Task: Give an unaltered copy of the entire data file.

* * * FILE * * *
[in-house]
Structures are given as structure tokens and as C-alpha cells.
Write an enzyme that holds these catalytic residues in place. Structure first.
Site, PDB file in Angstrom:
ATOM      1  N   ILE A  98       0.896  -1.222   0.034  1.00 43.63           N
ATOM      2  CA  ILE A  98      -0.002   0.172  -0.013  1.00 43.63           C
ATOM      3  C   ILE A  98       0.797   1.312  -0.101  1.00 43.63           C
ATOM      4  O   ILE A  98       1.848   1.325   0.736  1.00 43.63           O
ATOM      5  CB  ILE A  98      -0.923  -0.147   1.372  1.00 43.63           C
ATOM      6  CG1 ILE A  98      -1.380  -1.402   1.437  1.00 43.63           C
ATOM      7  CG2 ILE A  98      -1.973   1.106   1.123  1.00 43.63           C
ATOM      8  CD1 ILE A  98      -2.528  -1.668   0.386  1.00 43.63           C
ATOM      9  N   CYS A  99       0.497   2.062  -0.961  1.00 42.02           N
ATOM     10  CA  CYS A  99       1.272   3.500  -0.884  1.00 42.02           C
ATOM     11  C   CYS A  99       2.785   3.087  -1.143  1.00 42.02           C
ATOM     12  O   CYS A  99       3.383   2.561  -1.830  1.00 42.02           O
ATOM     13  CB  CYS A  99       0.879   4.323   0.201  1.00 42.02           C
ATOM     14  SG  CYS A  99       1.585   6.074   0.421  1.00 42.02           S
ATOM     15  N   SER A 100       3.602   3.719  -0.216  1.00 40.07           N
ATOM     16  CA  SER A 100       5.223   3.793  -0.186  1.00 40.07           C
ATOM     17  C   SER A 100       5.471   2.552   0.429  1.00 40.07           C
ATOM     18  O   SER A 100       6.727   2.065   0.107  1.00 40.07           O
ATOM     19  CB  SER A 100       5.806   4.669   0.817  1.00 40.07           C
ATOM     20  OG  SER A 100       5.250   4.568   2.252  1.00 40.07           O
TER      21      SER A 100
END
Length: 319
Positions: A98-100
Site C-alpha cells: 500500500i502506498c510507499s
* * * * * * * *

[in-house]
Structures are given as structure tokens and as C-alpha cells.
Write an enzyme that holds these catalytic residues in place. Structure first.
Site, PDB file in Angstrom:
ATOM      1  N   ILE A  98       0.896  -1.222   0.034  1.00 43.63           N
ATOM      2  CA  ILE A  98      -0.002   0.172  -0.013  1.00 43.63           C
ATOM      3  C   ILE A  98       0.797   1.312  -0.101  1.00 43.63           C
ATOM      4  O   ILE A  98       1.848   1.325   0.736  1.00 43.63           O
ATOM      5  CB  ILE A  98      -0.923  -0.147   1.372  1.00 43.63           C
ATOM      6  CG1 ILE A  98      -1.380  -1.402   1.437  1.00 43.63           C
ATOM      7  CG2 ILE A  98      -1.973   1.106   1.123  1.00 43.63           C
ATOM      8  CD1 ILE A  98      -2.528  -1.668   0.386  1.00 43.63           C
ATOM      9  N   CYS A  99       0.497   2.062  -0.961  1.00 42.02           N
ATOM     10  CA  CYS A  99       1.272   3.500  -0.884  1.00 42.02           C
ATOM     11  C   CYS A  99       2.785   3.087  -1.143  1.00 42.02           C
ATOM     12  O   CYS A  99       3.383   2.561  -1.830  1.00 42.02           O
ATOM     13  CB  CYS A  99       0.879   4.323   0.201  1.00 42.02           C
ATOM     14  SG  CYS A  99       1.585   6.074   0.421  1.00 42.02           S
ATOM     15  N   SER A 100       3.602   3.719  -0.216  1.00 40.07           N
ATOM     16  CA  SER A 100       5.223   3.793  -0.186  1.00 40.07           C
ATOM     17  C   SER A 100       5.471   2.552   0.429  1.00 40.07           C
ATOM     18  O   SER A 100       6.727   2.065   0.107  1.00 40.07           O
ATOM     19  CB  SER A 100       5.806   4.669   0.817  1.00 40.07           C
ATOM     20  OG  SER A 100       5.250   4.568   2.252  1.00 40.07           O
TER      21      SER A 100
END
Length: 319
Positions: A98-100
Site C-alpha cells: 500500500i502506498c510507499s